EEG (Electroencephalogram) Test


An EEG is a test that identifies electrical activity in the patient’s brain using tiny metal discs (electrodes) that are attached to the scalp of the patient. Brain cells communicate through electrical impulses and are active all the time, even when the patients are asleep. The result shows up as wavy lines on an EEG recording.

An EEG is one of the prominent diagnostic tests carried out for epilepsy. An EEG would also play a vital role in diagnosing other brain disorders.


An EEG comes in handy in determining the changes in the brain activity of patients. These brain activities could be useful in diagnosing brain disorders, especially epilepsy or another seizure disorder in the patients. An EEG also assists in diagnosing or treating the following diseases:

  • Brain tumor
  • Brain damage from a severe head injury
  • Brain dysfunction that could have a variety of causes (encephalopathy)
  • Inflammation of the brain (encephalitis)
  • Stroke
  • Sleep disorders


Before the Test:

Before the EEG test is conducted, patients are asked to avoid anything with caffeine on the day of the test because it could affect the test results drastically. Usual medications should be carried out by the patients unless the doctors bar the restrictions.

Patients might be asked to sleep during the test. Hence, they might need to be sleep deprived on the previous day. The patients should use no hair products such as conditioners or shampoos, as they might affect the results of the test.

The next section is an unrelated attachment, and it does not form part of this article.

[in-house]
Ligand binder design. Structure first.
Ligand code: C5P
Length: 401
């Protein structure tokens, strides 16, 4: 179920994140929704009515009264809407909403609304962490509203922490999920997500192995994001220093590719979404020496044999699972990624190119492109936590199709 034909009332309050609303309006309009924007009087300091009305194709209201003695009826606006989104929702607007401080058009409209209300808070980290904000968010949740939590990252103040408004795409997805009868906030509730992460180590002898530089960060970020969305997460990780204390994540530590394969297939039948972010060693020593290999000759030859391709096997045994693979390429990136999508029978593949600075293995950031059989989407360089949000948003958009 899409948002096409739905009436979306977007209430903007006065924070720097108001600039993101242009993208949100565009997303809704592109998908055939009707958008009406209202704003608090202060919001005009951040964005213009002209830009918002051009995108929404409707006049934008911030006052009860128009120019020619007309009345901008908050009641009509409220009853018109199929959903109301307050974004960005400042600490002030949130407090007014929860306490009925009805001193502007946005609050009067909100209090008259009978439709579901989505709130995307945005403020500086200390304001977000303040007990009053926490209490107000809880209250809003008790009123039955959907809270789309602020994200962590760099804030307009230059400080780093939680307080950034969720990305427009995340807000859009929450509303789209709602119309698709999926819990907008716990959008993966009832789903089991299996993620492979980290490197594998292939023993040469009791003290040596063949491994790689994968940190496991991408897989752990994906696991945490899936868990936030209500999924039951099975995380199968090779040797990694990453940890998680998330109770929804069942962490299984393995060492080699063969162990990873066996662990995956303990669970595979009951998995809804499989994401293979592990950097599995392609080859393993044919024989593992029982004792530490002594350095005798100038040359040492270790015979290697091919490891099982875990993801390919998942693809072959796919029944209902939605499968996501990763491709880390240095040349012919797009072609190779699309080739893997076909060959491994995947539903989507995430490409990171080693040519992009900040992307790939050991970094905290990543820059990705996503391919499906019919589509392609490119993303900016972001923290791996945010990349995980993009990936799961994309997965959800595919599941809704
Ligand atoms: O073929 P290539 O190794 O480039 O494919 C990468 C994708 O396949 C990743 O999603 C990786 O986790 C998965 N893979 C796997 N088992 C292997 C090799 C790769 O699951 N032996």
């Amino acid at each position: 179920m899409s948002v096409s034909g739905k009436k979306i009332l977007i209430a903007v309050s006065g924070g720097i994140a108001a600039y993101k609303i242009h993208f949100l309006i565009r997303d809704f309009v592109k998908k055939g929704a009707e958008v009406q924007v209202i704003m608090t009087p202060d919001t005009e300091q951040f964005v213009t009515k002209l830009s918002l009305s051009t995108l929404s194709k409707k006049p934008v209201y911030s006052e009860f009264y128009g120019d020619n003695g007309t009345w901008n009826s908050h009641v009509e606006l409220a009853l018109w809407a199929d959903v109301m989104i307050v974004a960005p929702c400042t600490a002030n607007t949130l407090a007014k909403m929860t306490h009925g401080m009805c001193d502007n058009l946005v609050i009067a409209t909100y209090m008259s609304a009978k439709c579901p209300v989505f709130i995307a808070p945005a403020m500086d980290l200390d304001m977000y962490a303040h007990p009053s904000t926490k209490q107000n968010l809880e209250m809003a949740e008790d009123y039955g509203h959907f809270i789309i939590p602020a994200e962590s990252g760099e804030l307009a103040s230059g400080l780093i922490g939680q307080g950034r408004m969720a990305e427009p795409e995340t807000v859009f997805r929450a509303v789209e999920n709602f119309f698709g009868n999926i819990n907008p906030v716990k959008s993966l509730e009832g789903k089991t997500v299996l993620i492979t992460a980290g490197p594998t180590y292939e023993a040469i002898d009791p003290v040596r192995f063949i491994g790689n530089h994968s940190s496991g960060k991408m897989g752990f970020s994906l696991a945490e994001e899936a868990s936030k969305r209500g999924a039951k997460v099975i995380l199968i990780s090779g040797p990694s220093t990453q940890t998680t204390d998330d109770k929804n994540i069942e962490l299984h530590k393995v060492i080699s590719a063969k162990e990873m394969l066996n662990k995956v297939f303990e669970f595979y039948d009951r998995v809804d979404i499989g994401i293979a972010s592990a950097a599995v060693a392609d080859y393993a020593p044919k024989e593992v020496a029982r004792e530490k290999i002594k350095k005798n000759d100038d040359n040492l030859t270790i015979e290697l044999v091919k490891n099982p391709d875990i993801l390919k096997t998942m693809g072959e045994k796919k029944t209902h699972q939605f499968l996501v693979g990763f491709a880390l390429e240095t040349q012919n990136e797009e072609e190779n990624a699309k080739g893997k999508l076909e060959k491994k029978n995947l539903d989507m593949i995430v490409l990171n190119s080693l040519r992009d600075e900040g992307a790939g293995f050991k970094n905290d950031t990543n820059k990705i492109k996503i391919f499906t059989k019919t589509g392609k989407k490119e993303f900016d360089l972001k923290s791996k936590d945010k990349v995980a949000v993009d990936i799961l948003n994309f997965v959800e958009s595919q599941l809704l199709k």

During the Test:

The patients would feel least bothered by any discomfort during the test. The electrodes that are stuck to the head do not transmit any sensations and only record the brain waves. The electrodes that are connected with wires to an instrument amplifies the brain waves and records them on computer equipment. Once the electrodes are in the proper position, an EEG then typically takes up to 60 minutes to complete.

After the Test:

The technician removes the electrodes or caps from the patient’s head. If the patients had no sedative, then they would feel no side effects of the test and could quickly return to their regular routine. If the patients were under a sedation, then it would take time for the effect of the sedative to wear off. 


Doctors, who are trained to analyze EEGs, understand the recording, and send the results to the doctor who asked the EEG report of the patient.

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